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LaSalle had explored one, and perhaps two, routes to the Mississippi, but as yet the upper portion of the great river had probably never been seen by any European. The honor of inaugurating the successful attempt to reach this stream is due to M. Talon, who wished to close the long and useful term of his servi ces, as the Intendant of Canada, by removing the mystery which enshrouded it. For this purpose he selected Louis Joliet, a fur trader, to conduct the expedition, and Jacques Marquette, a Jesuit missionary, to assist him.

Talon, however, was not to remain in the country long enough to witness the completion of the enterprise. A misunderstanding arose between him and Governor Courcelles in regard to the jurisdiction of their respective offices, and both asked to be recalled. Their requests were granted, and early in the autumn of 1672, Count Frontenac arrived at Quebec, to take the place of the retiring governor. He belonged to the high nobility of France, was well advanced in life, and a man of prompt and decided action. Though intolerant to enemies, he partially atoned for this fault by his great magnanimity and devotion to friends, while his charm of manners and speech made him the favorite and ornament of the most polished circles. His career in Canada, at first, was beset with opposition and enmity, but its close was rewarded with admiration and gratitude for his broad views and unshaken firmness, when others dispaired.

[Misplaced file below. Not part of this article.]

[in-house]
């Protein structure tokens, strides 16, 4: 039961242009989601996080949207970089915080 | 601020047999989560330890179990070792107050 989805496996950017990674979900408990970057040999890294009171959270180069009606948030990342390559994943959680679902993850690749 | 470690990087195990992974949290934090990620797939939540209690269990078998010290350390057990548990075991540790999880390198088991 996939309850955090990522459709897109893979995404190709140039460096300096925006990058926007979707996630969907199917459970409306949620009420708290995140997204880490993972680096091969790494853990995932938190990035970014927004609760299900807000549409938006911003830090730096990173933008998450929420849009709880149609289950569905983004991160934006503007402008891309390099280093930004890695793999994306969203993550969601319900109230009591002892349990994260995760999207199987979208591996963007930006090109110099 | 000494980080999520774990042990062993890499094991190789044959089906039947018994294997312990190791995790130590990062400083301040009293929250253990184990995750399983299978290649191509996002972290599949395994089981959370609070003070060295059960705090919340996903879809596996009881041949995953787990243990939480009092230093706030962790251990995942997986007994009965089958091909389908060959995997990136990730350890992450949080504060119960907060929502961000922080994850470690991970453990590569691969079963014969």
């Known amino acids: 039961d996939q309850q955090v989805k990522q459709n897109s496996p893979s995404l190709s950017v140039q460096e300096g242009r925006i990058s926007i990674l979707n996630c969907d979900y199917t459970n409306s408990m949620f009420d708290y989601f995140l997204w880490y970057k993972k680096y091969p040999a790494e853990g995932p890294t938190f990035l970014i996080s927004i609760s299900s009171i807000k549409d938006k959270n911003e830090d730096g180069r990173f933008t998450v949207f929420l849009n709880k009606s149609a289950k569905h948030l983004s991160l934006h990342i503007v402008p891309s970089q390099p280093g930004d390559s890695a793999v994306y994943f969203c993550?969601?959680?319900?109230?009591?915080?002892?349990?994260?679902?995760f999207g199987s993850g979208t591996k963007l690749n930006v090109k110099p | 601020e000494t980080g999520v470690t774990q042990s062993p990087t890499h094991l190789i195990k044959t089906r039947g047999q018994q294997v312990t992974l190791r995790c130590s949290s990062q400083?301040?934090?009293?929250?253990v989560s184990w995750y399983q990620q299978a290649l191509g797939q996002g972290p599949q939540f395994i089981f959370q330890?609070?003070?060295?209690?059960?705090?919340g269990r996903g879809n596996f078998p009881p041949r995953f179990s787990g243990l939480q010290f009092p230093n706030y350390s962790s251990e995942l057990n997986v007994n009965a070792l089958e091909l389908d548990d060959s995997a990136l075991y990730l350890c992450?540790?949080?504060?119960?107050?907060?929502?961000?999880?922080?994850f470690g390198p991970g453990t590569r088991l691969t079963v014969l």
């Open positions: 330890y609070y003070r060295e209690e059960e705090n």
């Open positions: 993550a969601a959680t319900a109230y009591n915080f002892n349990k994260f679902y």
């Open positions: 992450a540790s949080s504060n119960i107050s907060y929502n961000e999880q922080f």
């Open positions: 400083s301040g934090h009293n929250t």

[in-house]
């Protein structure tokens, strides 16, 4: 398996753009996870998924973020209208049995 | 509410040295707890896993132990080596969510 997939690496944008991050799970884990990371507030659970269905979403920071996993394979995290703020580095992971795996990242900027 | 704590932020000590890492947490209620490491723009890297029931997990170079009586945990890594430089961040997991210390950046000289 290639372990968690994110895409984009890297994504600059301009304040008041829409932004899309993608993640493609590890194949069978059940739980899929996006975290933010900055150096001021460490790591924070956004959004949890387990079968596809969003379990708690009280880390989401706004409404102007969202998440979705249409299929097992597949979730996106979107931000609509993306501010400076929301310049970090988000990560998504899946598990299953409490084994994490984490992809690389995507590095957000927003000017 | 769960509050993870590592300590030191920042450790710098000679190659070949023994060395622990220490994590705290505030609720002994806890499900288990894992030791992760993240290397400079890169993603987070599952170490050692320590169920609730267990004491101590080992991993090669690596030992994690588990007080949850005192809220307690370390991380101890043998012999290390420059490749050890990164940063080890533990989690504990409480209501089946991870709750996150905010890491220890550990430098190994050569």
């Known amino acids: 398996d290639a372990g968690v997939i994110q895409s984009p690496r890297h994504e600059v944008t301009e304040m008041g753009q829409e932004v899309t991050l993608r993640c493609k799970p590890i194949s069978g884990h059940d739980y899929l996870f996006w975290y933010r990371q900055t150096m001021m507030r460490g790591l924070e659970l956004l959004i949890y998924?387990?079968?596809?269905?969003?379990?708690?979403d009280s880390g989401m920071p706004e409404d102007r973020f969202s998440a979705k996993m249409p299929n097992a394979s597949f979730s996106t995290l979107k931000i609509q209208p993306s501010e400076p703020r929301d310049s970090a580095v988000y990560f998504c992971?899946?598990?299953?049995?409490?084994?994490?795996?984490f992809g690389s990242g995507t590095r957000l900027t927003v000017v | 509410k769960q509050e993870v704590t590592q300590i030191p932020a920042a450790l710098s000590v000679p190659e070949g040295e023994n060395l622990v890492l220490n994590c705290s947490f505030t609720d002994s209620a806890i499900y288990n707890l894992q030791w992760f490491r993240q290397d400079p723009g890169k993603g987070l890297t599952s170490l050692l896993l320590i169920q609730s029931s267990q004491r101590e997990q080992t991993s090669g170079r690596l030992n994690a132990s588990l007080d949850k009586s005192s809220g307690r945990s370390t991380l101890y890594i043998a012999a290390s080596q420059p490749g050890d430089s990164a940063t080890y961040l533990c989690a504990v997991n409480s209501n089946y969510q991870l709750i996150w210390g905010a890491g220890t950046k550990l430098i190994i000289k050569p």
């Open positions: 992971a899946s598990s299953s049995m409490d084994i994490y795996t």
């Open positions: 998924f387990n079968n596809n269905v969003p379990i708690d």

Before sailing for France, M. Talon recommended to Frotenac Joliet and Marquette, as suitable persons to execute his projected discoveries. The former was born at Quebec, in 1645, of humble parentage. He was educated by the Jesuits for the priesthood, but early abandoned his clerical vocation to engage in the fur trade. Though renouncing the priesthood, he still retained a partiality for the order which had educated him, and no doubt this was the principal reason which induced Talon to labor for his appointment. Possessing no very salient points of character, he yet had sufficient enterprise, boldness and determination properly to discharge the task before him.

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His colleague, Marquette, greatly surpassed him in bold outlines of character. He was born in 1637, at Laon, France. Inheriting from his parents a mind of great religious susceptibility, he early united with the Jesuits, and was sent, in 1666, to America as a missionary, where he soon distinguished himself for devotion to his profession. To convert the Indians he penetrated a thousand miles in advance of civilization, and by his kind attentions in their

afflictions, won their affections, and made them his lasting friends. Softening their savage asperities into smoothness and peace by the blended purity and humility of his own life, he was the most successful of all the missionaries in developing their higher and better feelings. His extensive acquaintance with the Indian languages, now enabled him to act in the threefold capacity of interpreter, explorer and missionary.